An invasive pest was identified in the farmlands in Florida. Three male Oriental fruit flies were found in traps in south Miami-Dade County since June 1, with USDA working with the state to eradicate the flies. An infestation could be particularly damaging for growers of mangoes, lychees and other tropical fruit crops, reported Tampa Bay Times.
McDonald's plans to deploy self-service kiosks and mobile order technology at 1,000 locations every quarter for the next eight to nine quarters, according to the company's CEO. Its U.S. stores are trailing locations in Canada, Australia and the UK that already have the technology, and France and Germany are almost done with the transfer process, reported CNBC.
Bottled water is the top selling beverage product in the U.S. for a second year in a row, according to the International Bottled Water Association and the Beverage Marketing Corp. Bottled water volume grew to 13.7 billion gallons in 2017, a 7% increase over the previous year, while sales now total $18.5 billion, an increase of 8.8%. Domestic nonsparkling water increased 5.5%, domestic sparkling jumped 27.5% and imported water rose 9.2%, reported NACS Daily.
A group of researchers plans to conduct a trial of salt intake over five years, according to a proposal in the journal Hypertension. The goal is to determine if very low sodium levels can actually make health worse, with the researchers citing studies finding higher death rates and rates of heart attacks and strokes in people following low-sodium diets, reported The New York Times on the Web.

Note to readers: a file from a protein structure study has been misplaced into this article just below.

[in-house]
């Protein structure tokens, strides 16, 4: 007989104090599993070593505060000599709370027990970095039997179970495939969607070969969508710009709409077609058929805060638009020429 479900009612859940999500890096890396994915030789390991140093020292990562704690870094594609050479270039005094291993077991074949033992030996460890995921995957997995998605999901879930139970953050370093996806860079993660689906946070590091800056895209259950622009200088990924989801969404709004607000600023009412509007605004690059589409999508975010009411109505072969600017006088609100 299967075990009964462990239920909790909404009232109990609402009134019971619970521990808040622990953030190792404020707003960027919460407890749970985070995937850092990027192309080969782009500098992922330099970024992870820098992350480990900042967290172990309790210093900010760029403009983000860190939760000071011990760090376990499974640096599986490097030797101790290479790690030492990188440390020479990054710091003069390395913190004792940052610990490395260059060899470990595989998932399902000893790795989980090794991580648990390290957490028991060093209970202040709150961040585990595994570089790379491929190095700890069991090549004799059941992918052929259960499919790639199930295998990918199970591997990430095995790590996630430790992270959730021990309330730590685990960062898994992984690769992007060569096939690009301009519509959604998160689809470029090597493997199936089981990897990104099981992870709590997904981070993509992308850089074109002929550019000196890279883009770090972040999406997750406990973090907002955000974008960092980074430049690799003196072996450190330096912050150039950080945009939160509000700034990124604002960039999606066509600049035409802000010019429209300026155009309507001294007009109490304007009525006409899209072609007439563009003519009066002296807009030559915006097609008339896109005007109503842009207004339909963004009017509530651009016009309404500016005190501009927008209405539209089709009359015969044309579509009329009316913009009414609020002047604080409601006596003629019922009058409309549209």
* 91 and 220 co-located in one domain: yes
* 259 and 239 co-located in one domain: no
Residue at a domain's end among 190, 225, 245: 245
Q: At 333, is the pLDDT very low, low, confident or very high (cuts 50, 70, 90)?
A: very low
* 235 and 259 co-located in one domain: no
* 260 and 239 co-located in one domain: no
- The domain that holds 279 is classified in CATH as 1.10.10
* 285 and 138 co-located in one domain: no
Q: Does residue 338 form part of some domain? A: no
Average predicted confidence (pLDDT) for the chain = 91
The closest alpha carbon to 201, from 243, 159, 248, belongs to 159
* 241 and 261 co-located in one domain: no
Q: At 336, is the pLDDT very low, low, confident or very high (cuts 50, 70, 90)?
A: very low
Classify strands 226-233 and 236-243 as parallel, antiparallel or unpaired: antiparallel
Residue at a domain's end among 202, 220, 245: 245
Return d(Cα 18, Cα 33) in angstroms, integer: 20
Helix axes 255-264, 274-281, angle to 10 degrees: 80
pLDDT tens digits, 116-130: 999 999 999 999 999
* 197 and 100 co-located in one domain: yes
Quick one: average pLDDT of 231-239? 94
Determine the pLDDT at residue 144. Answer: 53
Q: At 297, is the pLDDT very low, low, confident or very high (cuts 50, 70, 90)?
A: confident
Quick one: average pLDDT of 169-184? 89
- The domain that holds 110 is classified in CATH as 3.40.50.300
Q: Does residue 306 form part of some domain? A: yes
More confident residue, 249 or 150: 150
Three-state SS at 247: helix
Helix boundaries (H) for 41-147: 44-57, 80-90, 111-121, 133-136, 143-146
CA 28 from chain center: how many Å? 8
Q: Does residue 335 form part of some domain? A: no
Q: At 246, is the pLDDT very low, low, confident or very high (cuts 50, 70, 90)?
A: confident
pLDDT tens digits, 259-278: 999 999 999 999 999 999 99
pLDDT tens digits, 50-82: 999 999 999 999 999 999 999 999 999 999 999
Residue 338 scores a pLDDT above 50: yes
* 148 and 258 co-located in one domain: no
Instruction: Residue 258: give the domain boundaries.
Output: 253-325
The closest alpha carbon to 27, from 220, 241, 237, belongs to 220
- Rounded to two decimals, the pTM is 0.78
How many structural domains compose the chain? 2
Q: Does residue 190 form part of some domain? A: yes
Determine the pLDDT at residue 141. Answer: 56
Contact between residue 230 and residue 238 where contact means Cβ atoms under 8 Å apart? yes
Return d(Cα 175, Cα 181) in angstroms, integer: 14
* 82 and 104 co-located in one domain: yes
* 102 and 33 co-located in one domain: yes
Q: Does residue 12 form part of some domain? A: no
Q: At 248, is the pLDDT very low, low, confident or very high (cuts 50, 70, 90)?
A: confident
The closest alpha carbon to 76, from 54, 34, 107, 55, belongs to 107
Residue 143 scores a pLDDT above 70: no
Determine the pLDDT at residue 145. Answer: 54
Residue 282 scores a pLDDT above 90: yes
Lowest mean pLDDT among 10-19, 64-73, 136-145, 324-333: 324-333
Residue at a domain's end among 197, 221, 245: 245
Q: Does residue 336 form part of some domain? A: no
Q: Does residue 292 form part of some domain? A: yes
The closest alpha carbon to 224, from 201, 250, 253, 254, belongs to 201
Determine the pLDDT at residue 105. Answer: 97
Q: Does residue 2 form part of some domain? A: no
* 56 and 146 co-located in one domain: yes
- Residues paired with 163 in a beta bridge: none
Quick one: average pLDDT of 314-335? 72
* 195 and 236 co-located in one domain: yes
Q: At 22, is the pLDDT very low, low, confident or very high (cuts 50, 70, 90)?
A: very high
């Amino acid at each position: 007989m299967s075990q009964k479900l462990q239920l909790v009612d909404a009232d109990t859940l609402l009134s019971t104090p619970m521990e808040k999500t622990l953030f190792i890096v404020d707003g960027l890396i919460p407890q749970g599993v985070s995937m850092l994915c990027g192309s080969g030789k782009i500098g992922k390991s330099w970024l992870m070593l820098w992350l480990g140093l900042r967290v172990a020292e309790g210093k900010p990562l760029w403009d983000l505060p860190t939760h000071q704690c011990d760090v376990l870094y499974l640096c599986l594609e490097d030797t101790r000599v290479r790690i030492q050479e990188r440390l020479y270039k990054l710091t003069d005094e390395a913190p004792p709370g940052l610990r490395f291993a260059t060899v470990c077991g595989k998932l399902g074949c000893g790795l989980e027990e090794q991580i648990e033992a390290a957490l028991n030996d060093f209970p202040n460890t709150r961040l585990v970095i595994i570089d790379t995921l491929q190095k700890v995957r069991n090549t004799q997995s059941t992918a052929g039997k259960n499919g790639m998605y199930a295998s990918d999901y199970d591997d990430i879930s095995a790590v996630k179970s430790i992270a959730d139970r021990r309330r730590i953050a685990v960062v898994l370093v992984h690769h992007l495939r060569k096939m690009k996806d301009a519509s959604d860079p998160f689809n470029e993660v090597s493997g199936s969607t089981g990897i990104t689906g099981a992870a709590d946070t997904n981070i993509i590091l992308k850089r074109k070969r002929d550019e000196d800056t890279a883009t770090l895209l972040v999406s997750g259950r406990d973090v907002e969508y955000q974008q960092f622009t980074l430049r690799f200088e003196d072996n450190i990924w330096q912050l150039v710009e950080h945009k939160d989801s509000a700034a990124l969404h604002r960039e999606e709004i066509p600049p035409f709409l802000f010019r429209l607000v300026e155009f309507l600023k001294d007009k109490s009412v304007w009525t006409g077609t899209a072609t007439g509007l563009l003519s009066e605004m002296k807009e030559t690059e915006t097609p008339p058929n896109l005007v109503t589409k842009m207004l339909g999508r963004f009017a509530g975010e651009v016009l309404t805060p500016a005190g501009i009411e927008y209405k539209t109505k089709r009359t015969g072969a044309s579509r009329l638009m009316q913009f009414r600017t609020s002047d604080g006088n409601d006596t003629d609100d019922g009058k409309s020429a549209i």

Tyson Foods' innovation lab launched a brand of protein crisps that "upcycle" food waste. The crisps, which use trimmings from Tyson's chicken, spent grain from beer brewers and vegetable pulp from juice stores, are the first product to be marketed under the brand, called Yappah. It plans to create another product under the brand after gathering data from the crisps' test. The goal is to move Yappah out of the innovation lab and into a Tyson business unit as a full-fledged brand, reported Crain's Chicago Business.
Adoption of plant-based diets could cut food emissions between 61% to 73% in the U.S., according to a study published in Science. The study found the worldwide adoption of vegan eating would reduce global agricultural land by about 3.1 billion hectares, or nearly 75%. Compared to pea growers, low-impact beef farmers use 36 times more land and emit six times more emissions, reported Newsweek
Dairy companies are promoting A2 milk for consumers who avoid milk because of indigestion. A2 milk is produced by a subset of cows that produce milk lacking a protein associated with milk's dyspeptic tendencies and costs an extra dollar or more per half-gallon, reported The Modesto Bee.
Sensory-based food education increases children's willingness to choose vegetables, berries and fruit, according to a study from the University of Eastern Finland. The researchers found 3-5 year-old children involved in baking and cooking or growing their own vegetables had an increased willingness to choose vegetables, berries and fruit, especially among children whose mothers have a lower educational background, reported ScienceDaily.